Working in housing you can get caught up in a couple of broken records, repeating time and time again that social housing is needed; and that please, won’t someone think of the poor people. It can all sound a bit noblesse oblige but often you’re one a very few voices pushing those messages. Changing tack, if only for the sake of your sanity, is therefore occasionally necessary.

Show Me the Money

What is often left out in arguing the need for a more progressive approach to policy making in this country is that being a tight arse as a Government often ends up costing the taxpayer (directly and indirectly) more than is saved.  If you have time to read his works, the University of Cambridge based economist Ha-Joon Chang is worth a visit. Whilst the forever left (behind) Owen Jones interviewed him the other week, he has been vocally critical of trickle down economics and Austerity for some time. Notably because the former is bollocks as a theory and the latter more costly for economic growth than expected.

Post-Brexit is seems ‘experts’ (i.e. people who’ve spent years learning about a particular subject) are old hat, who needs them when you’ve got a former Investment Banker (but not part of the establishment) and a former journalist with a penchant for Shakespearean-esk melodrama to tell you the truth+. But it is perhaps worth listening to the various research pieces/staff notes coming out of the world-renowned hotbed of Marxist thinking, the IMF. It has released a number of critical pieces on more recent macro-economic policy approaches and how they’ve failed to solve inequality and provide sustained growth.

It should be noted that the contents of such works represent the views of the authors and not necessarily the IMF itself. Bloody economists, they’re always particularly anal about caveats and detail. Almost as bad as accountants. To ram home the point reading Naomi Klein’s The Shock Doctrine highlights how the IMF, amongst others, has been fundamental in pushing many of the policies that have actually caused greater economic damage than progression.

What Does this Mean for Housing?

Well, being selfish, it means that it is probably worth setting aside more capital funding for infrastructure projects (like building social and affordable housing). It would also be worth re-visiting plans to strip back the welfare state to the point where all that’s available is a couple of turnips* and stale corn flakes. Both of these pipe-dreams are unlikely to happen any time soon. But redirecting the narrative is desperately needed where Central Government and the Welfare State is concerned (a bit like Own Our Future, but without the OOF acronym). Thanks to excellent research from the likes of the Joseph Rowntree Foundation the negative impact of inequality on households is well-known. However, the more recent admission from the IMF that inequality negatively impacts growth should provide the ammunition to make the case for investment over cuts. Or as Olivier Blanchard put it:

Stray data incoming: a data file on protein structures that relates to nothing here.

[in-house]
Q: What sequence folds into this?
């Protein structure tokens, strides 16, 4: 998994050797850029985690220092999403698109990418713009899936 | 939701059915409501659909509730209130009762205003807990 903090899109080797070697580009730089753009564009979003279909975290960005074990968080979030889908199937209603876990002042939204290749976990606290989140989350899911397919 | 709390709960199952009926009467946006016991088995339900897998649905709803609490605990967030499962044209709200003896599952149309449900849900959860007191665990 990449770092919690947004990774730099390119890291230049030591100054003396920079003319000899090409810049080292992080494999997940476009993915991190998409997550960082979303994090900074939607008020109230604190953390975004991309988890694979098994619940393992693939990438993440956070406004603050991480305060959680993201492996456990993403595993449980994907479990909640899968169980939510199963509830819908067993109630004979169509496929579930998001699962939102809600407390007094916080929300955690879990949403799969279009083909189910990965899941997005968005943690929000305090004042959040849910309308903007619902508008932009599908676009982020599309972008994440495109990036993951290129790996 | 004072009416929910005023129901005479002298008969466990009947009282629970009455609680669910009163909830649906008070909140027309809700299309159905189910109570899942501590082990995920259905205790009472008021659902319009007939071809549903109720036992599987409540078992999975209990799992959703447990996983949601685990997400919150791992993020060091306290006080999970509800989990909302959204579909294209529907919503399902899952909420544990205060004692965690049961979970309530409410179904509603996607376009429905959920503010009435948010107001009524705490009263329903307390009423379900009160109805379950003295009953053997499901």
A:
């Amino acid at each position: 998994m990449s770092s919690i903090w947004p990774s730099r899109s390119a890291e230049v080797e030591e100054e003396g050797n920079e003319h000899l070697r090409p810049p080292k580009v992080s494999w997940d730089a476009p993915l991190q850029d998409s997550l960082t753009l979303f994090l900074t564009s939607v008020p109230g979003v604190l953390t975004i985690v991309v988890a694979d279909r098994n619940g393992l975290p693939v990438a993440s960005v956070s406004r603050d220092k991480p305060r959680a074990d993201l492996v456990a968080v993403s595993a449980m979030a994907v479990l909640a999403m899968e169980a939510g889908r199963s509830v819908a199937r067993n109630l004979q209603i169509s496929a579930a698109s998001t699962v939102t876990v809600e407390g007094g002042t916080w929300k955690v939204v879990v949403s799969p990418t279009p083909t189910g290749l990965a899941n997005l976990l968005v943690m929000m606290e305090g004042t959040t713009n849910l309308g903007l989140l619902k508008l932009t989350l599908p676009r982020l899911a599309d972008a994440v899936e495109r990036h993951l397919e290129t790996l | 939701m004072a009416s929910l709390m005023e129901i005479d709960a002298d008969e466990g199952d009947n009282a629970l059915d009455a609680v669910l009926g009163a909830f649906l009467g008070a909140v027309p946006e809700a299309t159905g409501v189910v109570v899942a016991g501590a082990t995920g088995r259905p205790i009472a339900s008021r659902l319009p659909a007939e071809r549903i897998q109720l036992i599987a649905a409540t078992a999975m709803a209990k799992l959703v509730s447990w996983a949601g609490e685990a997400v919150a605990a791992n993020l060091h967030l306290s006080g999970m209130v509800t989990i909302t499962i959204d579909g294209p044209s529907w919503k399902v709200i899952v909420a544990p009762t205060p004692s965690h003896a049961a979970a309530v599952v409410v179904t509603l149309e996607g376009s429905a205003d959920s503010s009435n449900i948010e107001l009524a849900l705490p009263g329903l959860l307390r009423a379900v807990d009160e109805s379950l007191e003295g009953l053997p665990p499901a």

what is needed in many advanced economies is a credible medium-term fiscal consolidation, not a fiscal noose today

So change-up the language and change the focus of dialogue. The old adage of needing to spend money to make money (or in this case, save money) is useful here. By highlighting that through investing in secure, good quality, affordable housing the state, and by extension the taxpayer, gets far more bang for its buck (though I would say that, wouldn’t I?). When you can show the cost effectiveness of preventing individuals and households from hitting crisis point (and therefore requiring acute, high cost interventions) you’ve won half the battle.

Not Convinced?

Just count the cost of housing those accepted as being statutory homeless, count the cost of those sleep rough on the streets. Count the cost of those relying on friends and family for a sofa to sleep on. Count the cost of the severe damage to job prospects, education and even health that is caused by insecure, poor quality housing. Add that up and investing in social housing and a Welfare Sate is frankly a snip at the price.

Because, why spend more?

You can find more of my stuff here and follow me on Twitter here.

+Is this a dagger I see before me? No Michael Gove, it’s your political ambitions going up in smoke.

*In fairness, in Worcester (my home town) this would probably make you King…

Time To Go Out Swinging?